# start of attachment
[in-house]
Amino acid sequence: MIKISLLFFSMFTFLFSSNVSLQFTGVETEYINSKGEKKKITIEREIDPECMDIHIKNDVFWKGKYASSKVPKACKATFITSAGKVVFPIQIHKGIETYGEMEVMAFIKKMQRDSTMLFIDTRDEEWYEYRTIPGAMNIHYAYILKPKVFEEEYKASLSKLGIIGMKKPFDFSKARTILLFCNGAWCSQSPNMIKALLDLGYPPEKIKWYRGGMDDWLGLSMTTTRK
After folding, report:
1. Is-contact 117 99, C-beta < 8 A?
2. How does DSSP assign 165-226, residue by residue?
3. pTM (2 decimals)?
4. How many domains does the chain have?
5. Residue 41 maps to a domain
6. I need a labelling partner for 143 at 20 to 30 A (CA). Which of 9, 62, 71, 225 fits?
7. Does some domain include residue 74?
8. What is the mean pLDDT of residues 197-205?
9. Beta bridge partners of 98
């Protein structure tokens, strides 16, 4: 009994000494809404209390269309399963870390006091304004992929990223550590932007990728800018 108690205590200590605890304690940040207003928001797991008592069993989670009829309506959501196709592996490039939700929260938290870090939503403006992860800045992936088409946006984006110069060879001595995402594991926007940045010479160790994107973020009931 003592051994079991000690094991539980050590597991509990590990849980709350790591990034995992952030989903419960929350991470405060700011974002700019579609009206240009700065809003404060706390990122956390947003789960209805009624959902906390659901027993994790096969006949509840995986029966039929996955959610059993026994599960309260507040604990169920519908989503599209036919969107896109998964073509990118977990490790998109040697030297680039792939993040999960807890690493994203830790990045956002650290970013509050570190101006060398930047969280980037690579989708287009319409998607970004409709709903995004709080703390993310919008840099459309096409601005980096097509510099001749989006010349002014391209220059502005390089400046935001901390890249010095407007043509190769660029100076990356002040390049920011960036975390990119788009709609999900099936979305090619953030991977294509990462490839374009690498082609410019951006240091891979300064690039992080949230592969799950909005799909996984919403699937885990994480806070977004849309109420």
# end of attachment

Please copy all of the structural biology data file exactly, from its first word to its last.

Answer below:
[in-house]
Amino acid sequence: MIKISLLFFSMFTFLFSSNVSLQFTGVETEYINSKGEKKKITIEREIDPECMDIHIKNDVFWKGKYASSKVPKACKATFITSAGKVVFPIQIHKGIETYGEMEVMAFIKKMQRDSTMLFIDTRDEEWYEYRTIPGAMNIHYAYILKPKVFEEEYKASLSKLGIIGMKKPFDFSKARTILLFCNGAWCSQSPNMIKALLDLGYPPEKIKWYRGGMDDWLGLSMTTTRK
After folding, report:
1. Is-contact 117 99, C-beta < 8 A?
2. How does DSSP assign 165-226, residue by residue?
3. pTM (2 decimals)?
4. How many domains does the chain have?
5. Residue 41 maps to a domain
6. I need a labelling partner for 143 at 20 to 30 A (CA). Which of 9, 62, 71, 225 fits?
7. Does some domain include residue 74?
8. What is the mean pLDDT of residues 197-205?
9. Beta bridge partners of 98
């Protein structure tokens, strides 16, 4: 009994000494809404209390269309399963870390006091304004992929990223550590932007990728800018 108690205590200590605890304690940040207003928001797991008592069993989670009829309506959501196709592996490039939700929260938290870090939503403006992860800045992936088409946006984006110069060879001595995402594991926007940045010479160790994107973020009931 003592051994079991000690094991539980050590597991509990590990849980709350790591990034995992952030989903419960929350991470405060700011974002700019579609009206240009700065809003404060706390990122956390947003789960209805009624959902906390659901027993994790096969006949509840995986029966039929996955959610059993026994599960309260507040604990169920519908989503599209036919969107896109998964073509990118977990490790998109040697030297680039792939993040999960807890690493994203830790990045956002650290970013509050570190101006060398930047969280980037690579989708287009319409998607970004409709709903995004709080703390993310919008840099459309096409601005980096097509510099001749989006010349002014391209220059502005390089400046935001901390890249010095407007043509190769660029100076990356002040390049920011960036975390990119788009709609999900099936979305090619953030991977294509990462490839374009690498082609410019951006240091891979300064690039992080949230592969799950909005799909996984919403699937885990994480806070977004849309109420």